The episode begins with talk of the high price of bread and the mass starvation that is occurring; there are demands that the shops must be broken up to rectify the situation. The Luddites enter, who say that the breaking of shops would not be effective, and instead they should smash the machines in the factories as they are the root of the problem. As the crowd readies itself to attack the factories, the magistrate and soldiers move in to disperse them. After a brief exchange of words wherein the Luddite leader refuses to give in, the magistrate then reads them the Riot Act, and a fight breaks out between the soldiers and rioters, and the crowd is violently removed from the stage. The socialist Robert Owen then walks in, and the children he has been educating perform a dance. They then turn to their lessons, which all focus on poverty, freedom and equality. Owen tells the crowd that the issues are not with the machines but with the social system and that is what needs to be changed. The clergy, MPs and capitalists all agree that Owen is a dangerous man and he should be removed from society.
Episode V. The Beginnings of the Co-operative
We are taken to Rochdale, and weavers are discussing setting up a co-operative after their last endeavour has failed. Howarth then comes up with a new idea that profits should be shared according to the amount of money spent/invested in the co-operative. Another Corn Law protest approaches the town, and a speech is made by its leader, but the Chartists then arrive. There is obvious tension over the disagreements regarding the major social issues of the time. ‘Little man’ reappears and comments that they cannot agree on how best to resolve their issues. The speaker states that it is better for man to fight his friend than not to fight at all because it shows that he wants to fight for something he believes in.
Episode VI. The Co-operative Is Set Up
In a meeting of townspeople, the members agree on a committee and where and from whom they should rent the site of their new shop. Members raise a total of £28 capital and rent, and a rousing rendition of ‘England Arise!’ is sung. They agree that their name should be the ‘Rochdale Pioneers’. The speaker emerges and asks whether these men have succeeded where the kings and ministers have failed, and a suggestion is made that the men’s way of peacefully trying to change the status quo is better than a violent way.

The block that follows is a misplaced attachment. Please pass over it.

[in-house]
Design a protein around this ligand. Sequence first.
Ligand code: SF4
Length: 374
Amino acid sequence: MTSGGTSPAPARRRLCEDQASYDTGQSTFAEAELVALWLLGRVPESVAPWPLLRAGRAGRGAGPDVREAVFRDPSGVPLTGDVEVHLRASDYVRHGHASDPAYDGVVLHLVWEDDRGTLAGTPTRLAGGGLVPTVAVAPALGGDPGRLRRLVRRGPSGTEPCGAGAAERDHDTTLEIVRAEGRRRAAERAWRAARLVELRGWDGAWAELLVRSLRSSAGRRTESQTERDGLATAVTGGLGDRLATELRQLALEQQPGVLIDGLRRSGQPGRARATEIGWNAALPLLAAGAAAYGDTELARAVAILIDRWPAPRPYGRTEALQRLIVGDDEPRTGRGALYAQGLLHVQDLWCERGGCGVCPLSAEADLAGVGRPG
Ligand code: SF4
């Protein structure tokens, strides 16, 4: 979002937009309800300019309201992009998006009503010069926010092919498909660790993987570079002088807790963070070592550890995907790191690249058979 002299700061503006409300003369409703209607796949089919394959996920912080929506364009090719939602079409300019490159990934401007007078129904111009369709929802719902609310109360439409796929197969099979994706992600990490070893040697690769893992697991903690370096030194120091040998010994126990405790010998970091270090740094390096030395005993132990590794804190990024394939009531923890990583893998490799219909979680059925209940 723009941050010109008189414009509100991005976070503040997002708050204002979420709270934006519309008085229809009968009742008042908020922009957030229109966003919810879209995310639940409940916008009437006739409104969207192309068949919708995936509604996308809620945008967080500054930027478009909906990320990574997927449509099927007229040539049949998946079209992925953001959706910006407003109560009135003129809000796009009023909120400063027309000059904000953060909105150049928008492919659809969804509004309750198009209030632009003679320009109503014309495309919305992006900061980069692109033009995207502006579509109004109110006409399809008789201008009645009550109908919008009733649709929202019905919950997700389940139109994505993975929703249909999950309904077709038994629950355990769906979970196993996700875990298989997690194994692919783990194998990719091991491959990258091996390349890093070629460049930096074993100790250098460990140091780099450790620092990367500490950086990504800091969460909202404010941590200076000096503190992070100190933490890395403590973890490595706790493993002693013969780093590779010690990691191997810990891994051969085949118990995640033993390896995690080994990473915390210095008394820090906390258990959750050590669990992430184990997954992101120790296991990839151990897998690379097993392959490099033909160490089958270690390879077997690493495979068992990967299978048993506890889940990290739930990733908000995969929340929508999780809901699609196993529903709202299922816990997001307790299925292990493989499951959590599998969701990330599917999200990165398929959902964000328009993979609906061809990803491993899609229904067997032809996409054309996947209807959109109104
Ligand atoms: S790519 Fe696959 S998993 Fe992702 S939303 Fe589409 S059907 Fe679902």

Episode VII. The Opening of the Shop
The scene opens with Dr and Mrs Dunlop, the owners of the shop that the Pioneers wish to rent, talking about the ongoing social issues; they are generally scornful about the working classes, saying they are asking for too much. They are then disturbed by the Pioneers, who offer a business proposal to Dr Dunlop. After some hesitation, because of the Pioneers’ previously precarious economic situation and their socialist beliefs, the Dunlops agree to rent them the lot on the understanding that advance payment of rent will be made, and that all the work of the shop must be carried out by the Pioneers. A Pioneer then enters with a pile of stock gathered from Manchester. Some members of the society are worried that the shopkeepers will not be happy with the endeavour and may use their power over the townspeople to stop it. Such fears come true when one shopkeeper threatens the wife of one of the Pioneers with the collection of her mother’s outstanding credit. He proceeds to threaten the rest of the town, but they refuse to give in to the shopkeeper’s demands. Another song, ‘Shop at the Co-op’, is played.
Episode VIII. Looking Back at the Success of the Pioneers
The scene is set 21 years after the founding of the Rochdale Pioneers. The last remaining Pioneers take a photograph together, one that is widely circulated amongst co-operatives. The speaker reveals the great success of the co-operatives today. With 72.5 million members worldwide, the early Pioneers are lauded as true heroes of the cause, and it is stated that their methods are intrinsic to further social progress.
Key historical figures mentioned
- Desmoulins, Lucie Simplice Camille
Benoit (1760-1794) French journalist and politician
- Washington, George (1732–1799)
revolutionary army officer and president of the United States of America
- George III (1738–1820) king of the
United Kingdom of Great Britain and Ireland, and king of Hanover
- Bonaparte, Napoleon (1769-1821)
French military and political leader
- Owen, Robert (1771–1858) socialist
- Bright, John (1811–1889) politician